I'm not a fan of the whole idea of discretionary waivers. Allowing government employees to waive the law on a case-by-case basis with little explanation strikes me as inconsistent with the rule of law. But, if we're going to have them, the process should be as transparent as possible.
Friday, August 21, 2015
Today’s post will discuss the DC Circuit’s recent ruling striking down portions of Dodd-Frank conflict minerals rule on First Amendment grounds for the second time. Judge Randolph, writing for the majority, clearly enjoyed penning this opinion. He quoted Charles Dickens, Arthur Kostler, and George Orwell while finding that the SEC rule requiring companies to declare whether their products are “DRC Conflict Free” fails strict scrutiny analysis. But I won’t engage in any constitutional analysis here. I leave that to the fine blogs and articles that have delved into that area of the law. See here, here here, here, here, and more. The NGOs that have vigorously fought for the right of consumers to learn how companies are sourcing their tin, tungsten, tantalum and gold have had understandably strong reactions. One considers the ruling a dangerous precedent on corporate personhood. Global Witness, a well respected NGO, calls it a dangerous and damaging ruling.
Regular readers of this blog know that I filed an amicus brief arguing that the law meant to defund the rebels raping and pillaging in the Democratic Republic of Congo was more likely to harm than help the intended recipients—the Congolese people. I have written probably a dozen blog posts on Dodd-Frank 1502 and won’t list them all but for more information see some of my most recent posts here, here, and here. The goal of this name and shame law is to ensure that consumers and investors know which companies are sourcing minerals from mines that are controlled by rebels. The theory is that consumers, armed with disclosures, will pressure companies to make sure that they use only “conflict-free” minerals in their cameras, cell phones, toothpaste, diapers, jewelry and component parts. I assume that the SEC will seek a full re-hearing or some other relief even though Chair May Jo White has said, “seeking to improve safety in mines for workers or to end horrible human rights atrocities in the Democratic Republic of the Congo are compelling objectives, which, as a citizen, I wholeheartedly share … [b]ut, as the Chair of the SEC, I must question, as a policy matter, using the federal securities laws and the SEC’s powers of mandatory disclosure to accomplish these goals.”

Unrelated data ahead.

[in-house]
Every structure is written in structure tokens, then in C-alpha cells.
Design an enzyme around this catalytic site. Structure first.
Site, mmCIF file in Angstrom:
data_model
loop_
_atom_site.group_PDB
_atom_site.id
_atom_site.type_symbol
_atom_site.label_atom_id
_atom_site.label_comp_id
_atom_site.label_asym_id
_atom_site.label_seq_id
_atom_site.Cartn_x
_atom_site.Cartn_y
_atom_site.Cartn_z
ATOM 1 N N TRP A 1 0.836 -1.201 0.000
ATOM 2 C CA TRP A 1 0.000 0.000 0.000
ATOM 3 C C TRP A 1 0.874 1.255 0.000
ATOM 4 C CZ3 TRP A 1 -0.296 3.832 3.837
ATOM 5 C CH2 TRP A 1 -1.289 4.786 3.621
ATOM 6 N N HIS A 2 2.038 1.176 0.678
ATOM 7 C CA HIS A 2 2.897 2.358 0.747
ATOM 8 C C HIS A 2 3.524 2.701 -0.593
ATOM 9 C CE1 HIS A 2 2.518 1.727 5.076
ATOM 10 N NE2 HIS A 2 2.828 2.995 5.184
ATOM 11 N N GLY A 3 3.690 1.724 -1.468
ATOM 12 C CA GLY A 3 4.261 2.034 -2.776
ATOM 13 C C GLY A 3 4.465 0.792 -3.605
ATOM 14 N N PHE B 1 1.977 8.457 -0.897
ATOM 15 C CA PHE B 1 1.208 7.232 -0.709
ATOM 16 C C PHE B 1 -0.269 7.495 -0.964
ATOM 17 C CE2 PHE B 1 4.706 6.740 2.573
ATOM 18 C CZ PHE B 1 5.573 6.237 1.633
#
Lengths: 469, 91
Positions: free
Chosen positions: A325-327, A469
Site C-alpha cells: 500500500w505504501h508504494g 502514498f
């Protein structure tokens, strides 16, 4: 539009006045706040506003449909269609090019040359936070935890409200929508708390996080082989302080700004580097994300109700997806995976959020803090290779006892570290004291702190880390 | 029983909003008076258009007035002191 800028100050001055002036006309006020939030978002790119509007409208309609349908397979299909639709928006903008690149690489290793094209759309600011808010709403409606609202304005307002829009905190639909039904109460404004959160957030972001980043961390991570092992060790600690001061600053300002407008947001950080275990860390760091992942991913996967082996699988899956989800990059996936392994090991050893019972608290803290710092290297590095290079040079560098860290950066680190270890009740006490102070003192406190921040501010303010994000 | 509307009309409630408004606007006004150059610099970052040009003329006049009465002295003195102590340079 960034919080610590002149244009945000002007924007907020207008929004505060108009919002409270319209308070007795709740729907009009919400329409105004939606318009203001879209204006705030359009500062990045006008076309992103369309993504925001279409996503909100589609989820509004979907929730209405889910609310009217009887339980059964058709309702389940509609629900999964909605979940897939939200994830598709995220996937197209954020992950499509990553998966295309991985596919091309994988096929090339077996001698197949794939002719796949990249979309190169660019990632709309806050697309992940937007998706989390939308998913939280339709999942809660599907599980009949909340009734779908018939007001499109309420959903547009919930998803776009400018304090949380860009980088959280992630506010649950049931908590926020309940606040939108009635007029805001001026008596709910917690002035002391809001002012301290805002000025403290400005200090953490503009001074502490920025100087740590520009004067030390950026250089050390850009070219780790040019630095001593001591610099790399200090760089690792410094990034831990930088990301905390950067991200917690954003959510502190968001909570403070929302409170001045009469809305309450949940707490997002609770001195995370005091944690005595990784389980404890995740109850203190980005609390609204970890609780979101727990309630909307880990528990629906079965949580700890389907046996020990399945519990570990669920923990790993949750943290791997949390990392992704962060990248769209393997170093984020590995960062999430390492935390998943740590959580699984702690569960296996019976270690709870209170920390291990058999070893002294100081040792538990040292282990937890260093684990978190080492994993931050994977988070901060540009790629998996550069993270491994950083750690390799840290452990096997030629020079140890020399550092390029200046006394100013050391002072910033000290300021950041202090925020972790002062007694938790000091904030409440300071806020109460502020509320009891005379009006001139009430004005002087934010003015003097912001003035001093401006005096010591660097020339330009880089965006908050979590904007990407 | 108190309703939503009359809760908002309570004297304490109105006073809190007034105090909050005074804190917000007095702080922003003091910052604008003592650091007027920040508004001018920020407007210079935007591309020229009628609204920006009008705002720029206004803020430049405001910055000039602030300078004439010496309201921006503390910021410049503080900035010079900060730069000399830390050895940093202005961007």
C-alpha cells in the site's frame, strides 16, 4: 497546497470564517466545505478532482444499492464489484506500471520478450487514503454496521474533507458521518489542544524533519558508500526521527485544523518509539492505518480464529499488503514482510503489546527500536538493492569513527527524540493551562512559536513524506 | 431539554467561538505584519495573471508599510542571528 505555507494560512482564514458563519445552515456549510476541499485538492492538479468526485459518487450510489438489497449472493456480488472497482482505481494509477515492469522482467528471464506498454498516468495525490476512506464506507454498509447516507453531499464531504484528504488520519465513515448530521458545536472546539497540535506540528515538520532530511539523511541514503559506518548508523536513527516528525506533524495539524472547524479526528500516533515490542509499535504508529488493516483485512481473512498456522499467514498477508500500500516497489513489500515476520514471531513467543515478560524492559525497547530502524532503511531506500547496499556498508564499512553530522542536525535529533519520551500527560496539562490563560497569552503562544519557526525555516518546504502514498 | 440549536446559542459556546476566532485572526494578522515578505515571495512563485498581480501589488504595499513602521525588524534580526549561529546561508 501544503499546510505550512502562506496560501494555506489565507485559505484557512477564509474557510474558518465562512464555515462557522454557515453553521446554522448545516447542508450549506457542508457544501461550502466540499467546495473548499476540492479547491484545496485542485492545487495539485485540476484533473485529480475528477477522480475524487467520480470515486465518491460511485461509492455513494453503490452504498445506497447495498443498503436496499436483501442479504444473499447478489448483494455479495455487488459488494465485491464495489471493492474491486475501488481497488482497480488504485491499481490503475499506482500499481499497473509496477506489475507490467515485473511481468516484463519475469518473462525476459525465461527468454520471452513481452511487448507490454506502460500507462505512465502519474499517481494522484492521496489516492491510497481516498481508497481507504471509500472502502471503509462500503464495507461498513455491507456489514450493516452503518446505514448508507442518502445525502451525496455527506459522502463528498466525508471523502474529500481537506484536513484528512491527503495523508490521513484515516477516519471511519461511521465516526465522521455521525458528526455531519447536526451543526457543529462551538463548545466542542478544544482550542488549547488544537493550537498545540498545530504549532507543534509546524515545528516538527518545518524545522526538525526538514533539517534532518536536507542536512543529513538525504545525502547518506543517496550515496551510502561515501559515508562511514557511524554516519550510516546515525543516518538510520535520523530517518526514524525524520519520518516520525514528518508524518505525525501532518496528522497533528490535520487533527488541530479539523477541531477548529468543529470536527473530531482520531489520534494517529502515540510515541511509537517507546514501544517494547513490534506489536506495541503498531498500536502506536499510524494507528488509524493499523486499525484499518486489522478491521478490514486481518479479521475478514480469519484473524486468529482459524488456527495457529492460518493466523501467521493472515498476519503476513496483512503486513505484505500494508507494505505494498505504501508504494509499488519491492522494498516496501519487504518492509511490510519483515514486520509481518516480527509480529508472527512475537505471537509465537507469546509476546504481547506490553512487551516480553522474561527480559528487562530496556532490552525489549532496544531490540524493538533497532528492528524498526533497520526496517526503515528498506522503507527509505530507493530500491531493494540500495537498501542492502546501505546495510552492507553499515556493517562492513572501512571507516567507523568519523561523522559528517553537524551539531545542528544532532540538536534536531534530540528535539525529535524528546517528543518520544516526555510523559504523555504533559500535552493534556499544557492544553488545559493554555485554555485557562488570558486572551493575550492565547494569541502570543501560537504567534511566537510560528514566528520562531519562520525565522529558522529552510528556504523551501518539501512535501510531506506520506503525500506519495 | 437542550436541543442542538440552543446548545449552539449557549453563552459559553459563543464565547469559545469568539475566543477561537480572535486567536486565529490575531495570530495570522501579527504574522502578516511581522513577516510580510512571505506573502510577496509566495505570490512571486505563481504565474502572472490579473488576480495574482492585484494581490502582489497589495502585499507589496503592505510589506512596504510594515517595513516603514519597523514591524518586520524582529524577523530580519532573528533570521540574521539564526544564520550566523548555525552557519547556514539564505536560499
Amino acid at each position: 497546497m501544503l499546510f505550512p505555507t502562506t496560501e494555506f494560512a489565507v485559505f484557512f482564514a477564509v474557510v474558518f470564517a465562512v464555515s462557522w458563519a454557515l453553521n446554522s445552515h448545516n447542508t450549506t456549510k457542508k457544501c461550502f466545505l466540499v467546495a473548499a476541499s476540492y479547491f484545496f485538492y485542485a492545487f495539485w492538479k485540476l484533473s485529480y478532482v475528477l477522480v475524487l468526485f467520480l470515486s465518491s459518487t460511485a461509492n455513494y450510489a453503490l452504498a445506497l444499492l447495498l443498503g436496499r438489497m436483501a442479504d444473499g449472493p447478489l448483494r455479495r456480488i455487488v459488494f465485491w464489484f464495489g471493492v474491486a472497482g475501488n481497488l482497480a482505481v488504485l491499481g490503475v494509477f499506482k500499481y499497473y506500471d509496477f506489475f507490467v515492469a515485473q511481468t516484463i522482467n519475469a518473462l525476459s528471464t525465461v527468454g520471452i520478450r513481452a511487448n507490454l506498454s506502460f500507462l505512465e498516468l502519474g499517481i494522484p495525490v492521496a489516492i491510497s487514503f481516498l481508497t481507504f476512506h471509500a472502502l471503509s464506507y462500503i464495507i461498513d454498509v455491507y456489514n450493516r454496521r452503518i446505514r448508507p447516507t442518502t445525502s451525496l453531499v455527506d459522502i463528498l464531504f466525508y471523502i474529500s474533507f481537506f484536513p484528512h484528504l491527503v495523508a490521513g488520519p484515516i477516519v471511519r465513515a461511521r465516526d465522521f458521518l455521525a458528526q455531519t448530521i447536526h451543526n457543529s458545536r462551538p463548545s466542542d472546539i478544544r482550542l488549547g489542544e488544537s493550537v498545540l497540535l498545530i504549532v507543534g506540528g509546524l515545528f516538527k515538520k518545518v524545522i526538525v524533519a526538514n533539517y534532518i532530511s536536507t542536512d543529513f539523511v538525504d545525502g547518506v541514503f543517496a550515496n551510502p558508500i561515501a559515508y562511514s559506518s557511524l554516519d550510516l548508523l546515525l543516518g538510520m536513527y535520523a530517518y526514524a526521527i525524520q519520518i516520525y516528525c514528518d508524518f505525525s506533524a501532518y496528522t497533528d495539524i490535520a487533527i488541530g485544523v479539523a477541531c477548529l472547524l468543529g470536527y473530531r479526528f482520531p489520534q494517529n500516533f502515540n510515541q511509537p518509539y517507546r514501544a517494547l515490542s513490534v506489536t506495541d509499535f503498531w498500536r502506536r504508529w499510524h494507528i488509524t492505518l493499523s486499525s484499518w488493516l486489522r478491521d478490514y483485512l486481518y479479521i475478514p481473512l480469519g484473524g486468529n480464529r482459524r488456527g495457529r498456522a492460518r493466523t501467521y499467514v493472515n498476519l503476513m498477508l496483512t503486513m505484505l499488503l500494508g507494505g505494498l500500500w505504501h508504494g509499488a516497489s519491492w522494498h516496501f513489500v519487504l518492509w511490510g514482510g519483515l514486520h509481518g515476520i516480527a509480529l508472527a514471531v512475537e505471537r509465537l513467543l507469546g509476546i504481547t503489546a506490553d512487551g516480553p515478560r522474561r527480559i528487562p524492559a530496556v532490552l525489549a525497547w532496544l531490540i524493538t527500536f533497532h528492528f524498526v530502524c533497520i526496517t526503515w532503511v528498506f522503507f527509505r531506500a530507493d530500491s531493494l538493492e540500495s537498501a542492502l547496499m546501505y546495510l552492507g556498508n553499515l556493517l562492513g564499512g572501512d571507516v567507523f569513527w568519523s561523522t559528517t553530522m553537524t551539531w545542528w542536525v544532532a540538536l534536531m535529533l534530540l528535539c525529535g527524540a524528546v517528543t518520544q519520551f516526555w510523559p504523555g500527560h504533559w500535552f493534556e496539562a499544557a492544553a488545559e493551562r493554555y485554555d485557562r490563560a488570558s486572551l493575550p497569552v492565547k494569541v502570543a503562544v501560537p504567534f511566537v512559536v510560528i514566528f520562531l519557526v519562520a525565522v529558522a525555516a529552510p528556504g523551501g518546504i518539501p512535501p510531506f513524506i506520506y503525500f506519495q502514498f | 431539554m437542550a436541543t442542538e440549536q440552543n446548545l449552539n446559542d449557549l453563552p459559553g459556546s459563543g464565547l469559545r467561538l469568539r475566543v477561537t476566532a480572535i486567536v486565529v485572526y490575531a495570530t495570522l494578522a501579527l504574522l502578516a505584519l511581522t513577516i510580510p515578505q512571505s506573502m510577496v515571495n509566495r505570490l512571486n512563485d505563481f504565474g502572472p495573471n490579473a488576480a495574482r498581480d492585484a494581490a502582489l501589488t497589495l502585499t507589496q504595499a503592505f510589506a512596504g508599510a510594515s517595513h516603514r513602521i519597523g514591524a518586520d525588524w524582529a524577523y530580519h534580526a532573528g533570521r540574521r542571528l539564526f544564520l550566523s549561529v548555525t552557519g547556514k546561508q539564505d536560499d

I agree with Chair White even though I applaud the efforts of companies like Apple and Intel to comply with this flawed law. Indeed, the Enough Project, which with others has led the fight for this and other laws, now reports that there are 140 “conflict-free” smelters. But the violence continues as just this week the press reports that the Congolese government announced that it is investigating its own peacekeeprs/soldiers for rape in the neighboring Central African Republic and the UN acknowledged that fighting between armed militias is still a problem and that they are still resisting state authority. News reports indicated two days ago that clinics are closing because of fear of attack by Ugandan rebels. This hits particularly close to me because my connection with DRC and the conflict mineral fight stems from the work that an NGO that I work with has done training doctors and midwives in the heart of the conflict zone there.
I don’t know how effective Dodd-Frank will be if the issuers don’t have to disclose what the court has called the Scarlet letter of “non DRC-conflict free.” But more important, as I argue in my writings, I don’t think that consumers’ buying habits match what they say when surveyed about ethical sourcing. In my most recent article (which I will post once the editors are done), I point out the following:
A recent survey used to support the new UK Modern Slavery Act indicates that two-thirds of UK consumers would stop buying a product if they found out that slaves were involved in the manufacturing process and that they would be willing to pay up to 10% more for slave-free products…The numbers are similar but slightly lower for those surveyed in the United States. But note, “when asked if they would be willing to pay more for their favourite products if this ensured they were produced without the use of modern slavery: 52% of American consumers said they would pay more to ensure products were produced without modern slavery; 27% were not sure; 21% said they would not pay more.” This means that at least 20% and possibly almost half of informed consumers would not likely change their buying habits. (italics added).